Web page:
County officials say state government too often ties their hands, which costs taxpayers.
â€œAllow those who are working in the trenches to share ideas,â€ Beltrami County Administrator Tony Murphy requested in a recent Senate committee meeting.
Those ideas may not always match state bureaucratsâ€™ ideas of how things should be done, but they may be better, he said.
Granting permission to use innovative ways to do county business is why Sen. John Carlson, R-Bemidji, wrote a bill allowing some pilot projects across the state to showcase ways counties can provide services more efficiently.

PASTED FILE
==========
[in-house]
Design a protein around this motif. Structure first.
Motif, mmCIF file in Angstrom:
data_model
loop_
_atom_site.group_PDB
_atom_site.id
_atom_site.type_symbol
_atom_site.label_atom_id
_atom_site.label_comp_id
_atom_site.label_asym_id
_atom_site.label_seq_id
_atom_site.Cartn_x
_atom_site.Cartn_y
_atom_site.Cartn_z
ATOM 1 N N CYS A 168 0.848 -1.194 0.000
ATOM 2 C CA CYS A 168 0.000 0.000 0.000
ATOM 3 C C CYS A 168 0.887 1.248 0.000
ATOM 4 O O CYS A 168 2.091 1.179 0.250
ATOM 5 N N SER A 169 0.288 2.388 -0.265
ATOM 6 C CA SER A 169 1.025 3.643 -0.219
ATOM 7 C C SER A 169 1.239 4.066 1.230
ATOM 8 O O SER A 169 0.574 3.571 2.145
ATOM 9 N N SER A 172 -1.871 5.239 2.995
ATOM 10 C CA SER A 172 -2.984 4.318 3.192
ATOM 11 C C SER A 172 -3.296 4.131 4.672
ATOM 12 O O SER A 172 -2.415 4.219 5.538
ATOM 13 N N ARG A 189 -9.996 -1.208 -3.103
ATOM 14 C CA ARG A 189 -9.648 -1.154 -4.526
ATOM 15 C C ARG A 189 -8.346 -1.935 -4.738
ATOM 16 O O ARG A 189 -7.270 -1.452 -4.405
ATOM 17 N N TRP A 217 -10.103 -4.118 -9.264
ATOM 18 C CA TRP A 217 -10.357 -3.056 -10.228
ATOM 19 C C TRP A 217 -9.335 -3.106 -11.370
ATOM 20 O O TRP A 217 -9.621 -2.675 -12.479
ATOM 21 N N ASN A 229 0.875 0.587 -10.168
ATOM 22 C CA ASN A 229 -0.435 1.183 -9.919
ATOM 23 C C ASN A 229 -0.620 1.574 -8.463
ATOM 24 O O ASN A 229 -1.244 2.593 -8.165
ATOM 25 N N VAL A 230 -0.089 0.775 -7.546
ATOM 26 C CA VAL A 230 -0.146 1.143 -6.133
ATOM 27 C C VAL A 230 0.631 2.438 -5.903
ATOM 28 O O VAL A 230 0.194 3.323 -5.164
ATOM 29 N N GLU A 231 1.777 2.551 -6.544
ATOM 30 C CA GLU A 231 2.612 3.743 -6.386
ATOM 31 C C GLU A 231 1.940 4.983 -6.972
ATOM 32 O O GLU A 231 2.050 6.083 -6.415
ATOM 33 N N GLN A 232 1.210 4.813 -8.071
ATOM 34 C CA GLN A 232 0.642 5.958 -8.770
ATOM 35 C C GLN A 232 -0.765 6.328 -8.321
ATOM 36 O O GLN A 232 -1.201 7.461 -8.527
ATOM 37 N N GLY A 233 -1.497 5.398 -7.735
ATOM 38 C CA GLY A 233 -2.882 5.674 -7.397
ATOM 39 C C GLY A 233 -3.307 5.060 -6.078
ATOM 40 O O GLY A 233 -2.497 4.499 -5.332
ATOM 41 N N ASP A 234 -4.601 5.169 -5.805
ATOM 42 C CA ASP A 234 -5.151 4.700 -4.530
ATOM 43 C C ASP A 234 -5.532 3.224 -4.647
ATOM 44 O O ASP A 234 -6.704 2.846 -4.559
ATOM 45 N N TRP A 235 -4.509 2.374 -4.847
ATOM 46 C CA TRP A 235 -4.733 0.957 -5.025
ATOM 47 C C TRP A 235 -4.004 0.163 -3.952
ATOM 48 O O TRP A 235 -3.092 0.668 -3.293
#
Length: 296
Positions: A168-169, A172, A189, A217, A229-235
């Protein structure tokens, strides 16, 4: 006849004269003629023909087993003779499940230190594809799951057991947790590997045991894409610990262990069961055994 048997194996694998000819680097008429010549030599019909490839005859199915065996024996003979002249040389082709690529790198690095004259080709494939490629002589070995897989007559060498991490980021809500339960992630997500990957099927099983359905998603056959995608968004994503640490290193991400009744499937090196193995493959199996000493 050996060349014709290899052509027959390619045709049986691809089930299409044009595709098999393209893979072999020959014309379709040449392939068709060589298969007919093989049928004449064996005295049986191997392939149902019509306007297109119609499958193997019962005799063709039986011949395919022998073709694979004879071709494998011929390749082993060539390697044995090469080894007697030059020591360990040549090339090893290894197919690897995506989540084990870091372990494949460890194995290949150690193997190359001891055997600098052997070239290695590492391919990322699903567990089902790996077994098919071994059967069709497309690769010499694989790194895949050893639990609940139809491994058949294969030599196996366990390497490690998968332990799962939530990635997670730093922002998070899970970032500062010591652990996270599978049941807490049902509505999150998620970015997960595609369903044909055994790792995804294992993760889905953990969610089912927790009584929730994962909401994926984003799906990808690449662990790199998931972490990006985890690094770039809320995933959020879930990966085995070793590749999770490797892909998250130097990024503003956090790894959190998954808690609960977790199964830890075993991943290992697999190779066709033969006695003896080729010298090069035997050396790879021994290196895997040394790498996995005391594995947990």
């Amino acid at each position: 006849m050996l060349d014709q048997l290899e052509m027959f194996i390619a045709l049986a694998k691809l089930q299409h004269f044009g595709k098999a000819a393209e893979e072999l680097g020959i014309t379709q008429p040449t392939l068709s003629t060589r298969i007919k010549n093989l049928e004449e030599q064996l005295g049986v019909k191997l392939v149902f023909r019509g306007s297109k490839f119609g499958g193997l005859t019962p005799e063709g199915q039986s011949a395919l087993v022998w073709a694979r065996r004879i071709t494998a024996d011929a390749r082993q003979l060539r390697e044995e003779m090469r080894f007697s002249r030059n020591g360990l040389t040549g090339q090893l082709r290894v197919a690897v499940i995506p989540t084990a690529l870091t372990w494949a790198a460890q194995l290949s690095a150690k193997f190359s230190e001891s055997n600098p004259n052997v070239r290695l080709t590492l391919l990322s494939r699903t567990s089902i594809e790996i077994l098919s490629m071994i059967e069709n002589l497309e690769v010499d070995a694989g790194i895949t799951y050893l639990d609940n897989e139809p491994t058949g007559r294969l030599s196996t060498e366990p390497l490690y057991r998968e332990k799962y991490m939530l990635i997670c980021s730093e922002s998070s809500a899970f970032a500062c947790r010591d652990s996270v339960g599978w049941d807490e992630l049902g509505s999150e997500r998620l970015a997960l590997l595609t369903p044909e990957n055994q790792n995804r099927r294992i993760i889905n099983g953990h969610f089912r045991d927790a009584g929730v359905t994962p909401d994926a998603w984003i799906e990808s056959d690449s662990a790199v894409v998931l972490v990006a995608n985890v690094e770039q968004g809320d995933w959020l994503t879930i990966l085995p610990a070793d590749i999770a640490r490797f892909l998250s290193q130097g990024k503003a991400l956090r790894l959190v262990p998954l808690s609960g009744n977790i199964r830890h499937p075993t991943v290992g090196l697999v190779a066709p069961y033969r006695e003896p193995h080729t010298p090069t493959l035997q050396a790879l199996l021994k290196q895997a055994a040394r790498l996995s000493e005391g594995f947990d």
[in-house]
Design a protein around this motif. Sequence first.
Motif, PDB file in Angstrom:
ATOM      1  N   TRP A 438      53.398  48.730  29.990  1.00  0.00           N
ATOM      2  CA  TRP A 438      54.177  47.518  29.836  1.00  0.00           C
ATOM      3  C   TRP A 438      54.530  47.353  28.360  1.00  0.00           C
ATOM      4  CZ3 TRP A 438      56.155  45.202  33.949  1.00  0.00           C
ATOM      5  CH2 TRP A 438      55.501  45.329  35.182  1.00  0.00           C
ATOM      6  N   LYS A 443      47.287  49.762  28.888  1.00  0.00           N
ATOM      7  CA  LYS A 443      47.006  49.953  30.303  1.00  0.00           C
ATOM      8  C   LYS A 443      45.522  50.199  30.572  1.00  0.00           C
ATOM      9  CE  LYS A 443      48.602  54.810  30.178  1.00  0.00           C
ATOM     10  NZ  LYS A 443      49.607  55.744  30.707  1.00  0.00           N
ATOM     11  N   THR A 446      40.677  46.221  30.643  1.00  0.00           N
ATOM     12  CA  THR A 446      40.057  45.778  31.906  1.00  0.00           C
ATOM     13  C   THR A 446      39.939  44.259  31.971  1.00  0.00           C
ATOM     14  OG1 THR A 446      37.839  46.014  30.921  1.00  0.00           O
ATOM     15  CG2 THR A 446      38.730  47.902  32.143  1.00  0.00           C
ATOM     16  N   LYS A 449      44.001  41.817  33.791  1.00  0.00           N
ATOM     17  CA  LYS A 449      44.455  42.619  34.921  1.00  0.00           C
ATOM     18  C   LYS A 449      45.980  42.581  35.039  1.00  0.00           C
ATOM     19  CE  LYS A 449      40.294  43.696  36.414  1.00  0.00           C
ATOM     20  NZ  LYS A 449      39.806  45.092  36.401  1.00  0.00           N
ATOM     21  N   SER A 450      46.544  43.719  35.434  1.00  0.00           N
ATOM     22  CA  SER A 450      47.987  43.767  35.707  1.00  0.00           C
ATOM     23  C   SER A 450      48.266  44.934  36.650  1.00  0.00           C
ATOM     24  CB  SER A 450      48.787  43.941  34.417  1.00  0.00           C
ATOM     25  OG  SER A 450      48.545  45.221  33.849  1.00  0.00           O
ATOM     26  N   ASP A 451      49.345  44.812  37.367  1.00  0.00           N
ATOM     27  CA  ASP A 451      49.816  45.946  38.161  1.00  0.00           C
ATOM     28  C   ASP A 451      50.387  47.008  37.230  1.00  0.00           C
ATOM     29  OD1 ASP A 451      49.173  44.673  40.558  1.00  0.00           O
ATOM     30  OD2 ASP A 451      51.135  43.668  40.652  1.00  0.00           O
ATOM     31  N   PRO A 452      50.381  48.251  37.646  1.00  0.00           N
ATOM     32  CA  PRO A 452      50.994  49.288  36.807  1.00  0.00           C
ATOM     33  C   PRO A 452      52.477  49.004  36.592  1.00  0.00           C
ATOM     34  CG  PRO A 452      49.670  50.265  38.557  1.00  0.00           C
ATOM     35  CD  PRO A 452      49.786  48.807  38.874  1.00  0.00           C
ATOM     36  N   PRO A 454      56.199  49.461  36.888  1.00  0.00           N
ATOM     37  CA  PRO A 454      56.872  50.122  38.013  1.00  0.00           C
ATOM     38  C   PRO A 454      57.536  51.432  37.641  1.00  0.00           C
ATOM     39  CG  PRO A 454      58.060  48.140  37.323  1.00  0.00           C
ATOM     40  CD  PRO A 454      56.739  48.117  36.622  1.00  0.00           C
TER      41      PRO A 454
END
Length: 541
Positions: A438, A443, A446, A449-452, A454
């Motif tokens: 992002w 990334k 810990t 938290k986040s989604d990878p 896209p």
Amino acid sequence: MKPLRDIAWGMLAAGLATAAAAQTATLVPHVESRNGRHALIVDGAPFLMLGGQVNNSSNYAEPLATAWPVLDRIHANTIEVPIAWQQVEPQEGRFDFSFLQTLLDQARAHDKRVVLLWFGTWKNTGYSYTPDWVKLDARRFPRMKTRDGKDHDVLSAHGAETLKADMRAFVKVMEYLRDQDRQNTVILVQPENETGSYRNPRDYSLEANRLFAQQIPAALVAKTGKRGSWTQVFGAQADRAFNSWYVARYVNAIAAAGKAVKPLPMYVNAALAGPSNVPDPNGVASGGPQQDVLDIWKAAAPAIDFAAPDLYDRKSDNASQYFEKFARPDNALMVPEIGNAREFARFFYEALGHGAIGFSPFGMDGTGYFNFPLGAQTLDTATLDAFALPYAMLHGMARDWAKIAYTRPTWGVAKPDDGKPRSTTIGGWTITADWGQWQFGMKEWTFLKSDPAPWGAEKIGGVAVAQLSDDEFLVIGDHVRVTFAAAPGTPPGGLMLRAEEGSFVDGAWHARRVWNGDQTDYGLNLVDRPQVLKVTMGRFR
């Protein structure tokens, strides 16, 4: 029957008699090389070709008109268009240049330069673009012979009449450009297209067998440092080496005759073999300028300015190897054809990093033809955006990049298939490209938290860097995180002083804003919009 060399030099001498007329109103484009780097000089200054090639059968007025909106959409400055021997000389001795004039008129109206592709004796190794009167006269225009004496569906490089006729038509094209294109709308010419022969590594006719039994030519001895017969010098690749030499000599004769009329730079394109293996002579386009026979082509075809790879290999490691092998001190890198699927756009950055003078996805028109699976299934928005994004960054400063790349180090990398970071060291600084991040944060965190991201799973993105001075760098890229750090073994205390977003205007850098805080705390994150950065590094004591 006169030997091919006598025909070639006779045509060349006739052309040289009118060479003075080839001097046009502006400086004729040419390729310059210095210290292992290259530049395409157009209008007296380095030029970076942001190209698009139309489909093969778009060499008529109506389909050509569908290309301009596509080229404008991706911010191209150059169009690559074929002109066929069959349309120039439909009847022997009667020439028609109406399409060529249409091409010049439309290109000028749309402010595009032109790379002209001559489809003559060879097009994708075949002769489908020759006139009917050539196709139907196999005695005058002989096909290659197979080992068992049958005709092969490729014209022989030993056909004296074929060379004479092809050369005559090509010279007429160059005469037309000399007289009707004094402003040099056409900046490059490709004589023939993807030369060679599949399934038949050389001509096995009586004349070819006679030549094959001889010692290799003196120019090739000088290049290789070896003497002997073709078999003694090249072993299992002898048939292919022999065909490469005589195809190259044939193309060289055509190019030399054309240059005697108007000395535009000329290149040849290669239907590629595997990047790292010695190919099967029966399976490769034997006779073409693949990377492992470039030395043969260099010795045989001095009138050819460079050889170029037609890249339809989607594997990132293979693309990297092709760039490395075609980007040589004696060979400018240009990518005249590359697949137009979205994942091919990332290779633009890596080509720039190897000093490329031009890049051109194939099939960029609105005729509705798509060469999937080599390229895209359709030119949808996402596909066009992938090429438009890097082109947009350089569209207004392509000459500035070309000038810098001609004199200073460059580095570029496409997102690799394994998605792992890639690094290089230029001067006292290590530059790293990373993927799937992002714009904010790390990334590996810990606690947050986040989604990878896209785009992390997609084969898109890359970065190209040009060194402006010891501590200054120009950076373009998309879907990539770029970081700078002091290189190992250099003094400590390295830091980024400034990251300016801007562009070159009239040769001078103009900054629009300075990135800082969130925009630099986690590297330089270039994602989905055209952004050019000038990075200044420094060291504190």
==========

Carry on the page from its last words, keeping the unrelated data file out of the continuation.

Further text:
Washington County Commissioner Lisa Weik said her county tried to update
how it provides services to those with chemical dependencies, but red tape the state put in its way made the change very difficult.
If Carlsonâ€™s bill were law, things would have gone smoother and quicker, she said.
â€œWe can test drive this service delivery model,â€ Weik said.
The new ways to run programs would be shared with other counties and the Legislature so new ideas do not remain in one county.
â€œEverything is changing,â€ Murphy said, but how counties serve citizens remains much the same.
Murphy said he has no problem with the state ordering mandates, but does not think the state needs to say how counties fulfill those orders.
â€œWe need to have the flexibility over how the mandate is carried out,â€ he said.
With that flexibility, Weik said, county officials would be better able to keep down property taxes. Otherwise, she said, Carlsonâ€™s bill would be invisible to the public.